Life on the Fringe
Genre: Fantasy/Sword & Sandal
Who it Stars: Todd Armstrong, Nancy Kovack, Niall MacGinnis, Honor Blackman, Nigel Green
From IMBD: Jason has been prophesied to take the throne of Thessaly. When he saves Pelias from drowning, but does not recognize him as the man who had earlier killed his father, Pelias tells Jason to travel to Colchis to find the Golden Fleece. Jason follows his advice and assembles a sailing crew of the finest men in Greece, including Hercules. They are under the protection of Hera, queen of the gods. Their voyage is replete with battles against harpies, a giant bronze Talos, a hydra, and an animated skeleton army, all brought to life by the special effects wizardry of Ray Harryhausen
When it was released: 1963
Yasmine: Hello and welcome once more to movie night!
Marc: Grab your snack, some of Yasmine’s nuts maybe. (Keep your hands off my nuts)
Yasmine: That remark better be to the readers, not to me (checks hands, they are nowhere near said body parts). I’m munching on my low-carb mousse anyway. So, tonight, Marc and I are paying homage to a special effects technician we both admired and whose movies we loved. Ray Harryhausen, who passed away not long ago.
Marc: We’re watching Jason and the Argonauts. This is of course based on the ancient Greek myth. Before you ask, it’s the good version. The one from 1963, staring Todd Armstrong as Jason and a bunch of other people that are really only secondary to the main attraction: the special effects.
Yasmine: The acting wasn’t bad, dude. But yes, the special effects were wonderful, and the movie much fun.
Marc: This is an old film, but it retains a lot of charm. The acting is good, if a little hammy and very Dramatic. (Capital D for emphasis) The sets are ornate and and then sparse in turn, making careful use of camera angles so spare some small manner of expense. The first time I saw it I was just a small boy, but it went straight to my heart. Wish I could have seen it in a theatre.
Yasmine: I saw it when I was young too (don’t ask how many years back—I’m not telling). *stares at Marc—you keep quiet too.* In fact, it’s old enough that when *I* saw it, it was a re-run. *Koffs* And I loved it. I used to watch the Science Fiction Double Creature Feature every Saturday, and when this came on for the first time—oh man! Fighting skeletons, and statues coming to life, and dancing girls in front of ancient goddess’s statues! OH MY!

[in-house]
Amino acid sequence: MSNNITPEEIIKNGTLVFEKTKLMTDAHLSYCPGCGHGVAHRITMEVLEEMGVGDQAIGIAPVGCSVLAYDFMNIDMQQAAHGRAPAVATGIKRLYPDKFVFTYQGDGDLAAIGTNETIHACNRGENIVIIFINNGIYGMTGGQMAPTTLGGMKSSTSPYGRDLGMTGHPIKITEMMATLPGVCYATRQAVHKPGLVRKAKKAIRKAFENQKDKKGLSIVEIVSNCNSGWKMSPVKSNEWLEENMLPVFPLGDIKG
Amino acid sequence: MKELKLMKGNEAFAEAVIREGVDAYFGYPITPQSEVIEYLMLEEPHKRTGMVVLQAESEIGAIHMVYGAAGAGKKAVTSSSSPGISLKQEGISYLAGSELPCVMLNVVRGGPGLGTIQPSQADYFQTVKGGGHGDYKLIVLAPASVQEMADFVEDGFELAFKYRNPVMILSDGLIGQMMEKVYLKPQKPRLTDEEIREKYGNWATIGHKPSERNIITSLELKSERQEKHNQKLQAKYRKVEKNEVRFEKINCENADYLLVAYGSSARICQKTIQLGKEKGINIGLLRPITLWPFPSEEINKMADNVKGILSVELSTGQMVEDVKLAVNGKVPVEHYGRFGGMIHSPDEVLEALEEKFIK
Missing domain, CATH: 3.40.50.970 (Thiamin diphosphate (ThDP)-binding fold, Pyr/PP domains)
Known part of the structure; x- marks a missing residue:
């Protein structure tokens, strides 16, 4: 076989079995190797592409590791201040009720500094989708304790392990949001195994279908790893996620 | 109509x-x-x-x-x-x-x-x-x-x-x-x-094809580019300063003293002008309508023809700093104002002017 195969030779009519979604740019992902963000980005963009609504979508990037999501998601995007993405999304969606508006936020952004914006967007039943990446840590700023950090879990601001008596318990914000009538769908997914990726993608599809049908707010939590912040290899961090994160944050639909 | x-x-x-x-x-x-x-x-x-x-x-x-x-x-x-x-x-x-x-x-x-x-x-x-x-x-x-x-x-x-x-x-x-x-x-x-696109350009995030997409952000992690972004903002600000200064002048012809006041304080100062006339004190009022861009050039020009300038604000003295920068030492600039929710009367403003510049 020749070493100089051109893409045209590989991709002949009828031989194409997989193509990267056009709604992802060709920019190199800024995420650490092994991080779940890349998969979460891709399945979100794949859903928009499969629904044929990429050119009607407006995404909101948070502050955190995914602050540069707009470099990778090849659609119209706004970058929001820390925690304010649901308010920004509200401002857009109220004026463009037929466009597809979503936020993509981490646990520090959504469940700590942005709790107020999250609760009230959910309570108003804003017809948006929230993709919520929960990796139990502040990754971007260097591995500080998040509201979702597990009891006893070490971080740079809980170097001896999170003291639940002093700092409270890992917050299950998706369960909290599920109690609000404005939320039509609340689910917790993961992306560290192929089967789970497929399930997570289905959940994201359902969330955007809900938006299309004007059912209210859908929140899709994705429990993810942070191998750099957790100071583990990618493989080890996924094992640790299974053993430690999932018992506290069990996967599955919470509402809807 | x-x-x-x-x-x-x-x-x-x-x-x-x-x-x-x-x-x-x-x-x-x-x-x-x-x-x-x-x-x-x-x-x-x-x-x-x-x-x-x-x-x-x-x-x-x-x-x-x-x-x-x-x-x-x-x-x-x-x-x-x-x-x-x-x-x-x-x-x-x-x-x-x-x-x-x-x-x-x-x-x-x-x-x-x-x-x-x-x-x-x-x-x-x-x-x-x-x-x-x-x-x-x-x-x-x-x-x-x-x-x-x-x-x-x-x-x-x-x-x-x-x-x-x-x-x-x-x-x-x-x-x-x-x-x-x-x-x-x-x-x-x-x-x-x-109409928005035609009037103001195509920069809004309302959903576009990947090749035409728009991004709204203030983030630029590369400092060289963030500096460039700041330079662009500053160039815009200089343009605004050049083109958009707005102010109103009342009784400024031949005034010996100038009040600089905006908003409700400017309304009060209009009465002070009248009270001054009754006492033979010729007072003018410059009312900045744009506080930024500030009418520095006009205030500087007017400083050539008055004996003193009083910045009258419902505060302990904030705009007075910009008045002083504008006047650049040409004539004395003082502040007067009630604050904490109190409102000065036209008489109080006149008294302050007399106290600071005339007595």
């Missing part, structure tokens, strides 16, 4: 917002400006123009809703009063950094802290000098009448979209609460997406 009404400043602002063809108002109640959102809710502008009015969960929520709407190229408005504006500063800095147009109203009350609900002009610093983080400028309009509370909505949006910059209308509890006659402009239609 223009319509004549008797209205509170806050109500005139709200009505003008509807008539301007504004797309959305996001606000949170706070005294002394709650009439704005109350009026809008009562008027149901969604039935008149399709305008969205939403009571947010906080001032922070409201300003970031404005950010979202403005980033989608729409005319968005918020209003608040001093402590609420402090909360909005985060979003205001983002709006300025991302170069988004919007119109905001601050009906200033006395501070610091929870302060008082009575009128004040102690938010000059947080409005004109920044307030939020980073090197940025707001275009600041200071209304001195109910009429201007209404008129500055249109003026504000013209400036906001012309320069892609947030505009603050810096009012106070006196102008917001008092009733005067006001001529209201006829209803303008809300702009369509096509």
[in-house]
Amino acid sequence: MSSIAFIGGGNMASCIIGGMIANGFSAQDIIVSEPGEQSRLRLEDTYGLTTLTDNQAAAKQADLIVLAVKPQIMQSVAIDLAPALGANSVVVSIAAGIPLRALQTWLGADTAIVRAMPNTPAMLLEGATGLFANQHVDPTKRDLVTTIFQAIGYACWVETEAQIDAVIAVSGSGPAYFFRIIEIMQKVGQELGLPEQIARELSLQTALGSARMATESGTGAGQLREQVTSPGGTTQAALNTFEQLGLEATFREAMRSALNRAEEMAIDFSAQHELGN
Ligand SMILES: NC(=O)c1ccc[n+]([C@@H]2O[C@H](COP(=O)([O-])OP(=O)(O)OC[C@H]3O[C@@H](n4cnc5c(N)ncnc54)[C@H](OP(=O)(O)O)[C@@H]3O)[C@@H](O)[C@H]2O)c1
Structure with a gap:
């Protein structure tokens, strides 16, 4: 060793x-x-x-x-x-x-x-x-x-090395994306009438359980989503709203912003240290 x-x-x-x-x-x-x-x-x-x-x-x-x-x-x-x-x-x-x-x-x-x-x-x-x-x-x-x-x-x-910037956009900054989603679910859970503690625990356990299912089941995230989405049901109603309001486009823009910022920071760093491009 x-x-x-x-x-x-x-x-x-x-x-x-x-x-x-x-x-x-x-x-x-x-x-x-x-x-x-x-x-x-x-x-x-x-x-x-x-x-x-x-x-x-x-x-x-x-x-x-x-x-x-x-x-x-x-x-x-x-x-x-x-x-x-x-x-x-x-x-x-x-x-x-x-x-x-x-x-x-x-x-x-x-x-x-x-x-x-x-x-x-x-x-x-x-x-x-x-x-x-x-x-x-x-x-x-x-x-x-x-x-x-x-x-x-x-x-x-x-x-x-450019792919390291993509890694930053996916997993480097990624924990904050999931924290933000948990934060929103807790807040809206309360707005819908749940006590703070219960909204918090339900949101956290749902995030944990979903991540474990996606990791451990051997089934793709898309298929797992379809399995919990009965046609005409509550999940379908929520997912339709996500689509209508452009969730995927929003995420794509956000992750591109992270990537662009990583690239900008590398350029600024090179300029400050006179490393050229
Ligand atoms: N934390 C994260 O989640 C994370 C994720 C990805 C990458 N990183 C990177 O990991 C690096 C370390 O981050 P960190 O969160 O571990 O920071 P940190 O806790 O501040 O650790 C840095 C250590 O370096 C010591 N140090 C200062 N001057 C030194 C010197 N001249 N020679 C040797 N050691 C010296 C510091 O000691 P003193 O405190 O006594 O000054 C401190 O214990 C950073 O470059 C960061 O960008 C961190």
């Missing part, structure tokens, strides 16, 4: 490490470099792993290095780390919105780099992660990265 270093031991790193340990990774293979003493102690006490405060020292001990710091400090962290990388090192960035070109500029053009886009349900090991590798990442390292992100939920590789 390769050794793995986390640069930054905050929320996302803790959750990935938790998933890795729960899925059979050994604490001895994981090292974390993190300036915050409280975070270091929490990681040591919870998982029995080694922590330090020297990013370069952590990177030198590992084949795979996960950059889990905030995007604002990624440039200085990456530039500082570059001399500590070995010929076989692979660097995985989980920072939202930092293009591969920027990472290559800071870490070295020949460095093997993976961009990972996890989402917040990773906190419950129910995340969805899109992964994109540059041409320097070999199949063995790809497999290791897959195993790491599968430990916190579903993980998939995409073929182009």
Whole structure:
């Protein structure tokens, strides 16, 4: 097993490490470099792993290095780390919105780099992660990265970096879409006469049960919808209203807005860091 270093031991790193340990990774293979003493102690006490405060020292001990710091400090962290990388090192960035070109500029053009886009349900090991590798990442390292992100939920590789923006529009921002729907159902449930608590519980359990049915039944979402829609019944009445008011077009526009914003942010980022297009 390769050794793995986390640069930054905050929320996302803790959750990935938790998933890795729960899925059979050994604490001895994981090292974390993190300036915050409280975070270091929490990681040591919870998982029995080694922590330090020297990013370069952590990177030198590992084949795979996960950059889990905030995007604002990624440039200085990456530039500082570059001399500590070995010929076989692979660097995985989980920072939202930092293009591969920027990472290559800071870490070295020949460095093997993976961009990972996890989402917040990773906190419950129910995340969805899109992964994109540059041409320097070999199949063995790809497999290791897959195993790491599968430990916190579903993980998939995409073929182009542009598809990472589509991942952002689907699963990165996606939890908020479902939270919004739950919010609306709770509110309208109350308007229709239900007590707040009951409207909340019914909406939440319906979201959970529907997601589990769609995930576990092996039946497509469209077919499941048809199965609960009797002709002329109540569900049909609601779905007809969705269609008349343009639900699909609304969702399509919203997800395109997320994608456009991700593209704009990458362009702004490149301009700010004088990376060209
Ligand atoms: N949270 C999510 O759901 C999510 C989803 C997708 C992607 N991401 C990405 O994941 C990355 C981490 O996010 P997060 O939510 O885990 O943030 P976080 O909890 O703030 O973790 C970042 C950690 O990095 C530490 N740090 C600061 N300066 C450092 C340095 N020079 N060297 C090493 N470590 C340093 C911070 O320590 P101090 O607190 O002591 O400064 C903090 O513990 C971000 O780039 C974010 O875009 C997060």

Marc: I must say that the character of Hercules in this is one of my favourites. It’s amusing to see a Herc going grey.
Yasmine: I too, liked Hercules a lot, but I think my favorite characters were Hylas, Hercules’ friend who was crushed when Talos fell, and Phineas, the blind oracle. I didn’t care much for Jason, to be honest.
Marc: One of the most amusing scenes for me is the picking of the argonauts, make note of the ancient Greek Speedos. How about you Yasmine?
Yasmine: The contest was funny, yes, but I liked the banter between the gods as they played their game of chess with the mortals as pawns. Zeus was far more jolly in this movie than in mythology, and Hera, far less of a bitch.
Marc: But of course, that’s really all preamble to the person who’s legacy this film is a part of. Ray Harryhausen. This film is a wonderful showcase of his craft and the stop motion field that in his time he really dominated.
Yasmine: I have seen so many of his movies. Now, of course, a lot of kids would think the special effects are corny and dated, but for the time period? They were amazing. They set the bar for FX back then. I believe Harryhausen was the one-man show of stop-motion animation. He practically created the field.
Marc: There are so many fantastic scenes that it’s hard to really pick one, however if you were to push me, I’d pick the fight against the skeletons. For the time it was an incredible level of interaction between stop motion and live actors.
Yasmine: Yeah, me too. *grins* I loved the skeleton scene and still do.
Marc: While this movie was produced in the tail end of the sword and sandal movies of the day, I still think it is one of the better efforts. The story is told well, the characters are well presented. As regular readers might be aware, I much prefer physical effects to CGI and this movie really is a show piece for that.
Yasmine: I LOVE good CGI, but when it overshadows the story and characters, then it feels like a one-trick pony. Hell, some of the most engrossing movies come out of the older use of special effects.
Marc: If you haven’t seen this movie by now, I strongly recommend you take the time to do so. Good get rewarded, evil dies horribly and the Gods party on same as ever. What more could you want?
Yasmine: A good friend to watch it with, I guess. LOL…makes it ever so much more fun. Oh, and snacks.